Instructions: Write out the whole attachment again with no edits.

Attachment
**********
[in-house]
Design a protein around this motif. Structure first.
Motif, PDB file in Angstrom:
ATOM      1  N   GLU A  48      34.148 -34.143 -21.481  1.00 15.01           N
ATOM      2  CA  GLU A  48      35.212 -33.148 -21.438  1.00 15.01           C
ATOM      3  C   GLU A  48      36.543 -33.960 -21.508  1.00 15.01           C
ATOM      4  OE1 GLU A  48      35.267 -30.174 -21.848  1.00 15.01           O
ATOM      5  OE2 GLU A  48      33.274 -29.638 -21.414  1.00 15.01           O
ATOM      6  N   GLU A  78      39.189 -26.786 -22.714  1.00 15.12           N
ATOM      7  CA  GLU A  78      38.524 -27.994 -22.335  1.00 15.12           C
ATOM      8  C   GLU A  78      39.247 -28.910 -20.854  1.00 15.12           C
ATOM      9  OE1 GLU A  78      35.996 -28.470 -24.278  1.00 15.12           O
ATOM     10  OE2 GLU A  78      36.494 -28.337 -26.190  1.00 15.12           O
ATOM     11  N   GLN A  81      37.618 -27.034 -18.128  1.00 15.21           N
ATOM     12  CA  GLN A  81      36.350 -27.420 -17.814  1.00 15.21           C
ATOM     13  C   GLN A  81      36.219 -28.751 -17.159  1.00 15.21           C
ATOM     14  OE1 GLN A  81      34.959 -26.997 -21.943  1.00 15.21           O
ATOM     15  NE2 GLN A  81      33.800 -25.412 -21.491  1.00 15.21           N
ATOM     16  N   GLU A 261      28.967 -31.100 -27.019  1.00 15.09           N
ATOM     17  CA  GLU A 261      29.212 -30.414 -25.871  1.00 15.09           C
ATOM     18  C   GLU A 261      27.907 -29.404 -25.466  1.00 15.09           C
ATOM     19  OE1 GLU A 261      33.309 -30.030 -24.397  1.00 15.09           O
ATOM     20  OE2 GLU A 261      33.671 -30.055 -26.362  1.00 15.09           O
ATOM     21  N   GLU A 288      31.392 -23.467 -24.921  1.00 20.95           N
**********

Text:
[in-house]
Design a protein around this motif. Structure first.
Motif, PDB file in Angstrom:
ATOM      1  N   GLU A  48      34.148 -34.143 -21.481  1.00 15.01           N
ATOM      2  CA  GLU A  48      35.212 -33.148 -21.438  1.00 15.01           C
ATOM      3  C   GLU A  48      36.543 -33.960 -21.508  1.00 15.01           C
ATOM      4  OE1 GLU A  48      35.267 -30.174 -21.848  1.00 15.01           O
ATOM      5  OE2 GLU A  48      33.274 -29.638 -21.414  1.00 15.01           O
ATOM      6  N   GLU A  78      39.189 -26.786 -22.714  1.00 15.12           N
ATOM      7  CA  GLU A  78      38.524 -27.994 -22.335  1.00 15.12           C
ATOM      8  C   GLU A  78      39.247 -28.910 -20.854  1.00 15.12           C
ATOM      9  OE1 GLU A  78      35.996 -28.470 -24.278  1.00 15.12           O
ATOM     10  OE2 GLU A  78      36.494 -28.337 -26.190  1.00 15.12           O
ATOM     11  N   GLN A  81      37.618 -27.034 -18.128  1.00 15.21           N
ATOM     12  CA  GLN A  81      36.350 -27.420 -17.814  1.00 15.21           C
ATOM     13  C   GLN A  81      36.219 -28.751 -17.159  1.00 15.21           C
ATOM     14  OE1 GLN A  81      34.959 -26.997 -21.943  1.00 15.21           O
ATOM     15  NE2 GLN A  81      33.800 -25.412 -21.491  1.00 15.21           N
ATOM     16  N   GLU A 261      28.967 -31.100 -27.019  1.00 15.09           N
ATOM     17  CA  GLU A 261      29.212 -30.414 -25.871  1.00 15.09           C
ATOM     18  C   GLU A 261      27.907 -29.404 -25.466  1.00 15.09           C
ATOM     19  OE1 GLU A 261      33.309 -30.030 -24.397  1.00 15.09           O
ATOM     20  OE2 GLU A 261      33.671 -30.055 -26.362  1.00 15.09           O
ATOM     21  N   GLU A 288      31.392 -23.467 -24.921  1.00 20.95           N